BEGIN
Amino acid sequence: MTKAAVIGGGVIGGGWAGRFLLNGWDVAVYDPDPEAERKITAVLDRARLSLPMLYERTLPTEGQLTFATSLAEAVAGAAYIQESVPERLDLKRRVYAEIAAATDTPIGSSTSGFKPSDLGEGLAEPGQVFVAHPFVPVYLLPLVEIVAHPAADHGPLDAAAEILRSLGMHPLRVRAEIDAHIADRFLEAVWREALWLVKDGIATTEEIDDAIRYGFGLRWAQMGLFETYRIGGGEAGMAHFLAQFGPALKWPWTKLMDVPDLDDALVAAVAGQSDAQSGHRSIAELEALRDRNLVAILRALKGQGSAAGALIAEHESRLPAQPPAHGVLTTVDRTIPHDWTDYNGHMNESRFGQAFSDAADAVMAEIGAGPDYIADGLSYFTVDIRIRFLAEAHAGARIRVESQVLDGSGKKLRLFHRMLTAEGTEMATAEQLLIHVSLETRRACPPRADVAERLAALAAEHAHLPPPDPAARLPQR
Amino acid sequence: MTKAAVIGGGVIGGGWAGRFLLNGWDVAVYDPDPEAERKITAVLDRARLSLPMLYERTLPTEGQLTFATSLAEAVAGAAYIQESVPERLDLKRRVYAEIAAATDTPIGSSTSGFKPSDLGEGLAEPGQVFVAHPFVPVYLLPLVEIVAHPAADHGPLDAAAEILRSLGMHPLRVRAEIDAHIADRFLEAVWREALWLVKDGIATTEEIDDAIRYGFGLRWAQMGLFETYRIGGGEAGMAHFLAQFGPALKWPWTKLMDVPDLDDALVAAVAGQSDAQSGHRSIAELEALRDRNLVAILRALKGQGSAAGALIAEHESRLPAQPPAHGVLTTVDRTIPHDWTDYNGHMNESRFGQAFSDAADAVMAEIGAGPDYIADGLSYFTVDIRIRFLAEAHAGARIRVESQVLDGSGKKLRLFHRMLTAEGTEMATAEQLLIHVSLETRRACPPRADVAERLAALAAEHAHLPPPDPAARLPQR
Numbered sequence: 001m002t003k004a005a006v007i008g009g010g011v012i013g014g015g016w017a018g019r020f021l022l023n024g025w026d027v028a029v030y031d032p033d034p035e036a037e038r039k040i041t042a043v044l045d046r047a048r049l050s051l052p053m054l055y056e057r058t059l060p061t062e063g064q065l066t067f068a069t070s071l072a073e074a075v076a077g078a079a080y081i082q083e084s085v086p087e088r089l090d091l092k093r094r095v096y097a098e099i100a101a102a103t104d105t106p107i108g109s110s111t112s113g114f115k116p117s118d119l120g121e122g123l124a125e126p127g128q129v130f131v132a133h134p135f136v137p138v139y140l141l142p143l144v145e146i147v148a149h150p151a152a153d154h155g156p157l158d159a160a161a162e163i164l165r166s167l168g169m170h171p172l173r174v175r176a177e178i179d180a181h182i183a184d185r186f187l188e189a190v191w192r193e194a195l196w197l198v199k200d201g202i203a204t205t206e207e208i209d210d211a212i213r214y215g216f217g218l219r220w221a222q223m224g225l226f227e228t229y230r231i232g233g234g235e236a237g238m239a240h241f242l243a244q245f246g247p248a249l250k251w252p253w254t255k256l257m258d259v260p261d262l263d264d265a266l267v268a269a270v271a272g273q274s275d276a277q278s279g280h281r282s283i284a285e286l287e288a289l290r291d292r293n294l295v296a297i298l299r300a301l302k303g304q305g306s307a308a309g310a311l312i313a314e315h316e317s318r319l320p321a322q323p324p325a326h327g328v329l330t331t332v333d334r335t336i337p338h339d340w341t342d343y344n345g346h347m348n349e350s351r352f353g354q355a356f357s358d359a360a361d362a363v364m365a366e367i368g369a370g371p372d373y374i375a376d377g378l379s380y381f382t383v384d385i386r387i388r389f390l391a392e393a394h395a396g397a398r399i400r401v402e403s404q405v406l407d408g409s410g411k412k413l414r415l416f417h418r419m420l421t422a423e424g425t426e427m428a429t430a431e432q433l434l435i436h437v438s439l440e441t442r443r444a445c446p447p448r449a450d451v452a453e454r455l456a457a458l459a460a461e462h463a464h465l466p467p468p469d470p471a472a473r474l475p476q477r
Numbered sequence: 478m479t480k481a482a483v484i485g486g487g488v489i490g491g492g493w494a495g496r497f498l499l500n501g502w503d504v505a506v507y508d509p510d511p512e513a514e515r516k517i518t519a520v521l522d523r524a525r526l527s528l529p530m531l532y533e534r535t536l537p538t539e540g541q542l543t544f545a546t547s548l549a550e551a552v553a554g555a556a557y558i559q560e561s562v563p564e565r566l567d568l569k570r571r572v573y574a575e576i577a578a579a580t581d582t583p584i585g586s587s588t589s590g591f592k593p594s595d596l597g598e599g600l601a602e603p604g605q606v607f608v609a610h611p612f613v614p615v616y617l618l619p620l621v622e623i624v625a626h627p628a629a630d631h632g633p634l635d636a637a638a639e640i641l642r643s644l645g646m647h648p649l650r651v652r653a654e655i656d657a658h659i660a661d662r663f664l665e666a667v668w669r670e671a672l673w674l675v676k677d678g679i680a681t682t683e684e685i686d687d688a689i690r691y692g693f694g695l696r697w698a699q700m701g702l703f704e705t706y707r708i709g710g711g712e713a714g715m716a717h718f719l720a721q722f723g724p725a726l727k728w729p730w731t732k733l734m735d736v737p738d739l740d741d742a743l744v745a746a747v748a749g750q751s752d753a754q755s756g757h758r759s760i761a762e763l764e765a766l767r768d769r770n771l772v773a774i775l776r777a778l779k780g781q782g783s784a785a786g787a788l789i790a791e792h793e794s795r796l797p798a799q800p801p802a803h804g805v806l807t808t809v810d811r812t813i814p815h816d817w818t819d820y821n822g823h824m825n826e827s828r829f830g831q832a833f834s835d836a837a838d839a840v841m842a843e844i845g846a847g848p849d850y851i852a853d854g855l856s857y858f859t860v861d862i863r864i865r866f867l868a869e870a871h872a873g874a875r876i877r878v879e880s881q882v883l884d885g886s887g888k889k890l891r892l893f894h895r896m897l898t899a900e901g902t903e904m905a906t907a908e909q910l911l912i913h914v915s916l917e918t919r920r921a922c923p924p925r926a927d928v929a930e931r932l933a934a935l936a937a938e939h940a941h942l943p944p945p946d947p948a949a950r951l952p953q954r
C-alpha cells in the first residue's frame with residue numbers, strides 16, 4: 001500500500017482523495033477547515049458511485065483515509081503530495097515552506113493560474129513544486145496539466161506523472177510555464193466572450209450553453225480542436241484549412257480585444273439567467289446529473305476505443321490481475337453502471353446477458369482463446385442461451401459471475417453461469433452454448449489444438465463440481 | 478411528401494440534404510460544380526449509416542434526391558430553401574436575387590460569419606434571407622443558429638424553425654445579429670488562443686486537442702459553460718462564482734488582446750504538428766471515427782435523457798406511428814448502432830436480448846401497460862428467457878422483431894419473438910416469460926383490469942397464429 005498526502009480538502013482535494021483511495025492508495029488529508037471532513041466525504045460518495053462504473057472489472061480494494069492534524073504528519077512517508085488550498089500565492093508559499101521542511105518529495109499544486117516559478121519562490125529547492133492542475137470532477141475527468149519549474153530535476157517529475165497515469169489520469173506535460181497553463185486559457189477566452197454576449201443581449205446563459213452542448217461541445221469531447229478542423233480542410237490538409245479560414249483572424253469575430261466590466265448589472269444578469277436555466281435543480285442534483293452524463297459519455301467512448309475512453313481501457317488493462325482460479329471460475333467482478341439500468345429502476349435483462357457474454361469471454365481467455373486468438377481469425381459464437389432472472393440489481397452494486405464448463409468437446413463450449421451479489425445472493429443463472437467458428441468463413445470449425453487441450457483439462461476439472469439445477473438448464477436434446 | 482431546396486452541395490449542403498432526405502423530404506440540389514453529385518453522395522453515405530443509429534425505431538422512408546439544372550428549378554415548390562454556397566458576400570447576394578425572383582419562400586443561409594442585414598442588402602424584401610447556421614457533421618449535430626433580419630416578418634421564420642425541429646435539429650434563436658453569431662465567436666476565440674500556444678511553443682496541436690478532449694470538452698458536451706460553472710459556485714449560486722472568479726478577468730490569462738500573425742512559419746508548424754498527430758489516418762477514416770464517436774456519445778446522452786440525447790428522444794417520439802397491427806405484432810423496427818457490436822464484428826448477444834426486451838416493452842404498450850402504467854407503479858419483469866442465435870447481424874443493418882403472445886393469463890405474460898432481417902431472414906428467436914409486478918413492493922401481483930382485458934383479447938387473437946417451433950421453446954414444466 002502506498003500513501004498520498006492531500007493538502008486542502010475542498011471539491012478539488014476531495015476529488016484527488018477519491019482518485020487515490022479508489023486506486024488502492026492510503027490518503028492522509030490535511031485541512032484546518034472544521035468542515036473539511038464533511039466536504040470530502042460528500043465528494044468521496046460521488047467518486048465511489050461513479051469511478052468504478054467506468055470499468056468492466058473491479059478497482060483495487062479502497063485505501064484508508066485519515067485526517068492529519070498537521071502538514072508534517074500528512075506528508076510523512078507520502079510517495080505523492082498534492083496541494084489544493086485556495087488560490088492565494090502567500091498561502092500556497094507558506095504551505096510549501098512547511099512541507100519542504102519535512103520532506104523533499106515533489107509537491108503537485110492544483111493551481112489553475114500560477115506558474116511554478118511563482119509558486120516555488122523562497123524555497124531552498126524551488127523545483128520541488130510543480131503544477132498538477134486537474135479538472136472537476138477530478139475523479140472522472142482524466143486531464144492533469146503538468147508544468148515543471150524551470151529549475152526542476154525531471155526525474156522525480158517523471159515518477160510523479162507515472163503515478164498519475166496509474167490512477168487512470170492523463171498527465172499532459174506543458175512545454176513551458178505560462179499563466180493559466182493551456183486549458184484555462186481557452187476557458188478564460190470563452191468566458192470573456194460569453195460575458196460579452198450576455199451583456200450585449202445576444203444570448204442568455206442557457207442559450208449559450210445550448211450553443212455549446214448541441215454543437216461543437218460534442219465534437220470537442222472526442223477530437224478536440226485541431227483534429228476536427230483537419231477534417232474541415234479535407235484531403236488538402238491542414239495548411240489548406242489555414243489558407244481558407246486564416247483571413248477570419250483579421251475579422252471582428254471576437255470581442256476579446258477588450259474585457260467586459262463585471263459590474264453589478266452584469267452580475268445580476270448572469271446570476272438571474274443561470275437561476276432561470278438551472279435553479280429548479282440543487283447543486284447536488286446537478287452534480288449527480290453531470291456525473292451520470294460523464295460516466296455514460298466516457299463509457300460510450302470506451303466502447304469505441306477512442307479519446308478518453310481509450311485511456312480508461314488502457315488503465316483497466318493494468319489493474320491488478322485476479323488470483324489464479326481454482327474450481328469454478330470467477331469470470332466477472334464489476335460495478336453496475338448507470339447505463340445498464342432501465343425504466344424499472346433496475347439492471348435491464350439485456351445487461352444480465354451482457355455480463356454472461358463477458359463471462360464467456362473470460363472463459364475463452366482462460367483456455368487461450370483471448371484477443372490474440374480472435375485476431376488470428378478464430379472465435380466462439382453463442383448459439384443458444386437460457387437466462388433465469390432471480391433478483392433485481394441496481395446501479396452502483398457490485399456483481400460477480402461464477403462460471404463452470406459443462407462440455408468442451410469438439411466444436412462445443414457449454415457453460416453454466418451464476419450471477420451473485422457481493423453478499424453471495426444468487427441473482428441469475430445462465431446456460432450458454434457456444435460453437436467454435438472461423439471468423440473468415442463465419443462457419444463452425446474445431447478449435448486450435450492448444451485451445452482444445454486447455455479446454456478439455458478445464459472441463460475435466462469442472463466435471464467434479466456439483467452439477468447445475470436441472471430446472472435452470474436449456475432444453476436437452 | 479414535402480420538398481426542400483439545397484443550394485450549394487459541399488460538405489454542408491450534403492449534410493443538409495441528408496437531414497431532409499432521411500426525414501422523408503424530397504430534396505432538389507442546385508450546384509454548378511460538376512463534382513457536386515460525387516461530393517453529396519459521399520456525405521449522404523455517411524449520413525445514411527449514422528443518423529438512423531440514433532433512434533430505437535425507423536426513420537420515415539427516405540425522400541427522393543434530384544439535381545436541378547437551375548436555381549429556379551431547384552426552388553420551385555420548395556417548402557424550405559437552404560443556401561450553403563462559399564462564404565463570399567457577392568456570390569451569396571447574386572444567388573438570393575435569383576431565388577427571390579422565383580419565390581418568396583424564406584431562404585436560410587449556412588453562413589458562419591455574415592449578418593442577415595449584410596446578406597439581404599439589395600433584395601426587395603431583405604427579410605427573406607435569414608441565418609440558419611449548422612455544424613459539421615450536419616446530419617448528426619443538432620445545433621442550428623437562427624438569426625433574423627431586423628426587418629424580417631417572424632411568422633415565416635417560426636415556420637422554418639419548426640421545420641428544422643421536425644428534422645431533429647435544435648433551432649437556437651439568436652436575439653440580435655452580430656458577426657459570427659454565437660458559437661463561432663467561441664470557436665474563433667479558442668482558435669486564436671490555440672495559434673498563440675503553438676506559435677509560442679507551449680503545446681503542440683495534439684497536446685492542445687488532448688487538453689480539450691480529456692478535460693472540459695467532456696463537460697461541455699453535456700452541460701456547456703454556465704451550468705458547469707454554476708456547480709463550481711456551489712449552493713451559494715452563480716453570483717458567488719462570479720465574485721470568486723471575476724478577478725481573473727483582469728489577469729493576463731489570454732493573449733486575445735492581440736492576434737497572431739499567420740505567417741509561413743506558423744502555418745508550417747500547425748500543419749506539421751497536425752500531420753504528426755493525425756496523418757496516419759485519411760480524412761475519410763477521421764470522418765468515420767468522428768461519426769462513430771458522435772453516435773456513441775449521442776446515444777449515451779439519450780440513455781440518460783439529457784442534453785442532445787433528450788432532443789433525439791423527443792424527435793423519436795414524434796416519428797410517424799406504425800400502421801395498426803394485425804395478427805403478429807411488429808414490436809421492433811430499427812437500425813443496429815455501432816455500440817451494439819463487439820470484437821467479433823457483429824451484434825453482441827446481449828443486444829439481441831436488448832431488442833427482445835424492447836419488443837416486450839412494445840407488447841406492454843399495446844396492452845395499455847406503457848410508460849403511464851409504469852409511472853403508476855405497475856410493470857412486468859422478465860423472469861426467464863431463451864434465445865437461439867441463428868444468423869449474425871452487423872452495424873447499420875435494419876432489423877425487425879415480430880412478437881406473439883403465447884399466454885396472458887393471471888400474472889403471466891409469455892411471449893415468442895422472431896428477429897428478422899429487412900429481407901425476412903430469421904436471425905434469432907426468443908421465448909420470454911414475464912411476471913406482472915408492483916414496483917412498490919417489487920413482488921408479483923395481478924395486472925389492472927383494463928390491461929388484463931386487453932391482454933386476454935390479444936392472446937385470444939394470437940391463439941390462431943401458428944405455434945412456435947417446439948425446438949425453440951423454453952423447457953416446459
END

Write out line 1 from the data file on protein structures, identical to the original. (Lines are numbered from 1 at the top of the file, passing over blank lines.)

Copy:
Amino acid sequence: MTKAAVIGGGVIGGGWAGRFLLNGWDVAVYDPDPEAERKITAVLDRARLSLPMLYERTLPTEGQLTFATSLAEAVAGAAYIQESVPERLDLKRRVYAEIAAATDTPIGSSTSGFKPSDLGEGLAEPGQVFVAHPFVPVYLLPLVEIVAHPAADHGPLDAAAEILRSLGMHPLRVRAEIDAHIADRFLEAVWREALWLVKDGIATTEEIDDAIRYGFGLRWAQMGLFETYRIGGGEAGMAHFLAQFGPALKWPWTKLMDVPDLDDALVAAVAGQSDAQSGHRSIAELEALRDRNLVAILRALKGQGSAAGALIAEHESRLPAQPPAHGVLTTVDRTIPHDWTDYNGHMNESRFGQAFSDAADAVMAEIGAGPDYIADGLSYFTVDIRIRFLAEAHAGARIRVESQVLDGSGKKLRLFHRMLTAEGTEMATAEQLLIHVSLETRRACPPRADVAERLAALAAEHAHLPPPDPAARLPQR